Outside the capital, general impoverishment leads to the lack of access to even the most basic health care services, as well. MSF has provided primary and maternal health care in Petite Riviere, Artibonite Department, since 2000. A recent survey conducted by MSF found that the cost-recovery, or user fee, system causes half of the already indigent population to sell off tools and other equipment just to pay for minimal health care. With the majority of people in the area struggling to survive on less than 50 cents a day, it is not surprising that one in ten people said they cannot access health services because of the cost.
Violence in Haiti's capital, though, remains MSF's main concern, as it continues to wreak havoc on civilians and destroy hundreds of lives. Women and young girls, in particular, are being victimized by heinous sexual violence. Our medical teams have treated 22 of victims of extremely violent sexual attacks, some committed against girls as young as 10 years of age. Many victims have been severely injured or forced to witness the murder of a parent before being kidnapped and brutally gang raped. These women and young girls often suffer further humiliation after their ordeal because they are afraid that if people find out they went for help, they will be killed. Based on our patients' testimony and other sources, rape seems to be used by some groups as a strategy to instill fear in civilians, and the true scale of sexual violence is certainly much greater than the number of victims MSF has treated.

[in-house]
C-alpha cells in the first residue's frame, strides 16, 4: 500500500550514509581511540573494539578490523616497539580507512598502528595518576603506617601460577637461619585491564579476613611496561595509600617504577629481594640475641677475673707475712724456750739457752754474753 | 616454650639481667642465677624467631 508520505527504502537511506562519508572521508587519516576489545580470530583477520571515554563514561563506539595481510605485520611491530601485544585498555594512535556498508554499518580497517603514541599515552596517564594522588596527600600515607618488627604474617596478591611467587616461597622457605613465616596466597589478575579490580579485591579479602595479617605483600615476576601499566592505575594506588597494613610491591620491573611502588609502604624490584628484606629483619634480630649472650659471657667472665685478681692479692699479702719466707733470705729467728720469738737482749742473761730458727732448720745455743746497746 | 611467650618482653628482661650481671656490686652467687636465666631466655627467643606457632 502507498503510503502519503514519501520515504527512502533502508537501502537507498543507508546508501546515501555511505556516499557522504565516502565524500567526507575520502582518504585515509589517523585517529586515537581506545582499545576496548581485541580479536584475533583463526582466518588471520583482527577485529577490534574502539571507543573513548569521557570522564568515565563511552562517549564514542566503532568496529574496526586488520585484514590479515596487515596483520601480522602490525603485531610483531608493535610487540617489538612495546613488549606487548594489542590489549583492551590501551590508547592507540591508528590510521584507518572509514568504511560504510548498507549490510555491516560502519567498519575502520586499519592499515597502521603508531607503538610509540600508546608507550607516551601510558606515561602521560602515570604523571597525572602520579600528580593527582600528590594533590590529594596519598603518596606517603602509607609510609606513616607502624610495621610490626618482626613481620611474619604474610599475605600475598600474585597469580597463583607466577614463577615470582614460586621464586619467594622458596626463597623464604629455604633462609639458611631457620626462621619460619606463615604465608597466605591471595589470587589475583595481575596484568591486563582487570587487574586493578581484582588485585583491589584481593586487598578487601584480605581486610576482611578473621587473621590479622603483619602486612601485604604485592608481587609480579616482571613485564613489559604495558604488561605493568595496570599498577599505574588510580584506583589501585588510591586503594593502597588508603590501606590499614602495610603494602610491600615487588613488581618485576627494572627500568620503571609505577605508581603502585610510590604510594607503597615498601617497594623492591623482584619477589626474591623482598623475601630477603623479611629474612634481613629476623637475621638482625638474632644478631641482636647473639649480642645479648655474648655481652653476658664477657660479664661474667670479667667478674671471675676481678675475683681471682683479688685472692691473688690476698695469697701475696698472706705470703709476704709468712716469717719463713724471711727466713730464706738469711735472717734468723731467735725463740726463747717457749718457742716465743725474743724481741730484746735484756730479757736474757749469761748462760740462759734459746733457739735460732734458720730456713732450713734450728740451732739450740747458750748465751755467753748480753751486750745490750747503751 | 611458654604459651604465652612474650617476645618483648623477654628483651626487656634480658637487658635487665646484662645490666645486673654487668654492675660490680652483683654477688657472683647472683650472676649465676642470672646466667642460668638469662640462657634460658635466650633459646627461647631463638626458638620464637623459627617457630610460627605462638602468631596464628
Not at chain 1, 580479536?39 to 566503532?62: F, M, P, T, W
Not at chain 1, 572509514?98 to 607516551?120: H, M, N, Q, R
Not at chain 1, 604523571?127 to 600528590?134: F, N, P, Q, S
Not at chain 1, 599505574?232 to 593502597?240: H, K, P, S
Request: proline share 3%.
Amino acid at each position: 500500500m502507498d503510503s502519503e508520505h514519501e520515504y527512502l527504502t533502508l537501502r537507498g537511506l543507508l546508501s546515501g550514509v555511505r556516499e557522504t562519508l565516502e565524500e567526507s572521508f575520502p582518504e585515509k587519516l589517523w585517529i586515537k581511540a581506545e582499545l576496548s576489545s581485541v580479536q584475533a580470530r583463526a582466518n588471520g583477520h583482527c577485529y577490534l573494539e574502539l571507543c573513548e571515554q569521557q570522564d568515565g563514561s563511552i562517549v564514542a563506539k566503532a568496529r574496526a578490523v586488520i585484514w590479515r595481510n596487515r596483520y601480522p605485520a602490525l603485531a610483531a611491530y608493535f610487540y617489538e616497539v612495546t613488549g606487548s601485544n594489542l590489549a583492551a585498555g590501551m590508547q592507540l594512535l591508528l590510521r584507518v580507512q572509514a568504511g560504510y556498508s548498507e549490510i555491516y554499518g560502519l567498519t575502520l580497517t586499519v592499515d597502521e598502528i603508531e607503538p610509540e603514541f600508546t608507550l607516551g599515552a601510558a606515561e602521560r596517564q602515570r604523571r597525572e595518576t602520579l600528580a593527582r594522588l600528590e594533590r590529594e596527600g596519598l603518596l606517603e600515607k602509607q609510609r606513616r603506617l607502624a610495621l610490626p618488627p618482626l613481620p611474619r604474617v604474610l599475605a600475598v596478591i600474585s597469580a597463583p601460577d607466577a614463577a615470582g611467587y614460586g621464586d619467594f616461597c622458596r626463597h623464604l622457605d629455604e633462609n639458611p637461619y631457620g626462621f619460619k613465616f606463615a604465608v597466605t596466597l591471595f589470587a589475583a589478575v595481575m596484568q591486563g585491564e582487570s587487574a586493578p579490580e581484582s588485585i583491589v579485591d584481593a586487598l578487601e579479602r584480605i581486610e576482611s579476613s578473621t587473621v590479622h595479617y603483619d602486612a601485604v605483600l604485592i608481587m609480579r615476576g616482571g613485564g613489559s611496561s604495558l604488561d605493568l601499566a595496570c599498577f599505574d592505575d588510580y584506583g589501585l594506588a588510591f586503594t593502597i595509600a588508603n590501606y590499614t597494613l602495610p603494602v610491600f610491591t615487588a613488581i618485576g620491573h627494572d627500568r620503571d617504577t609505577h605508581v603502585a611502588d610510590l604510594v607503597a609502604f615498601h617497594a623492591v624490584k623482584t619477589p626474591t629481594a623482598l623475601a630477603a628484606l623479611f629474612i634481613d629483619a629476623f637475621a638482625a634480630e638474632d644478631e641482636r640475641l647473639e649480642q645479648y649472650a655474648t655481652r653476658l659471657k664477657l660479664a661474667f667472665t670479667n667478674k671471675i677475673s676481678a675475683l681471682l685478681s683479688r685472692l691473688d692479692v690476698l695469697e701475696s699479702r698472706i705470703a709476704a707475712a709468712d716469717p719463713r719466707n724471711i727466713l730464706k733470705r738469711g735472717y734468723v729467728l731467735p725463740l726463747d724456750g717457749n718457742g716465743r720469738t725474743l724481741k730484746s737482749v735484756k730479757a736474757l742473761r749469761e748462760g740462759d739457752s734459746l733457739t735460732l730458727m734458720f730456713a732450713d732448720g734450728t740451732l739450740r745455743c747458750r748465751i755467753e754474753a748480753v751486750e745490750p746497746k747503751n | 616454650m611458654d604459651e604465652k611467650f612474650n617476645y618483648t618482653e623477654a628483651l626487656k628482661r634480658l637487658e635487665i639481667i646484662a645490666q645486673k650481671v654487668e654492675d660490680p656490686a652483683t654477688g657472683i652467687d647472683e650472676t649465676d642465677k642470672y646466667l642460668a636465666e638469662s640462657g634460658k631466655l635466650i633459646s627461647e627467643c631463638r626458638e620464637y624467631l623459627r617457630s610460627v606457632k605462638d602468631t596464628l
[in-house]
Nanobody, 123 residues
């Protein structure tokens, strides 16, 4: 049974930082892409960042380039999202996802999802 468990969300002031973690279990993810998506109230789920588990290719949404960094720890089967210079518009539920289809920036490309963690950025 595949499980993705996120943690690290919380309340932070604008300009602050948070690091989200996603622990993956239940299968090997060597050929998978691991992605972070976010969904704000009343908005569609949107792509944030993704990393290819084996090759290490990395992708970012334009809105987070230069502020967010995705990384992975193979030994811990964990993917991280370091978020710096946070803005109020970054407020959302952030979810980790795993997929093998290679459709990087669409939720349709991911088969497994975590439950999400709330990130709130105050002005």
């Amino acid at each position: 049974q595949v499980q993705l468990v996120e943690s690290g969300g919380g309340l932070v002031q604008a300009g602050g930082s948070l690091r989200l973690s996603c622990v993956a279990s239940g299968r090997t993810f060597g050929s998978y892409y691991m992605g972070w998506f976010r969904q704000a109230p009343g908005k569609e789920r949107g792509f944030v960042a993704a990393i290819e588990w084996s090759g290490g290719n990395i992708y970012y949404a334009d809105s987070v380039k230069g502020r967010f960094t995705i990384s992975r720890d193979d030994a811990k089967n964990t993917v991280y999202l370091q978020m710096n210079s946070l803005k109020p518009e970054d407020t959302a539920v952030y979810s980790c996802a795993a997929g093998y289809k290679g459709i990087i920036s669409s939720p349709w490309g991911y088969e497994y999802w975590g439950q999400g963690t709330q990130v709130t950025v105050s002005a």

Families in areas of the capital most affected by violence are fleeing to other parts of the city. Civilians without any resources, though, are forced to remain, often at the risk of deprivation and severe harm. Patients come to MSF from all over Port au Prince, with a majority brought to the trauma center by the Red Cross and Minustah. But we know for sure that many victims in places like Cite Soleil have no access to MSF's trauma center or any other health facility. They are forced to hide for days without any treatment for their wounds. Those with serious injuries have little chance of surviving. Sometimes the wounded can't afford to pay for transportation, or no transportation exists in a neighborhood following an eruption of gunfire. If the wounded manage to get to a public hospital, they may find a structure that lacks medical staff and supplies. Nearly none of the wounded can afford the high price charged for private care, while some civilians say they fear arbitrary arrest if they seek treatment for violent injuries.
Steps must be taken to ensure that the violently wounded can access lifesaving medical care. This access must not be conditioned on any considerations, political or otherwise, except need. MSF's trauma center is located near but not within the areas of most intense fighting, which allows people from all over the city to access its services. To date, our presence and humanitarian work has been respected by all armed groups. MSF, though, has not set up any facilities in areas of Cite Soleil secured by Minustah in order to avoid acts of retaliation against our patients or team by those factions who may feel under attack by Minustah forces.
Fighting erupts in many of the city's neighborhoods nearly every night, with people there confined to their homes in a state of constant fear. Many of those who have lived and worked in Port au Prince for decades told me when I was in Haiti that they have never experienced such levels of violence and insecurity. They said that the anxiety they feel today is far and above worse than at any time during the country's many recent political crises. The needs and safety of civilians most affected by this brutal reality must be at the center of any response to the present emergency. At the very least, the ability for those wounded in the violence to access life saving medical and surgical care must be assured.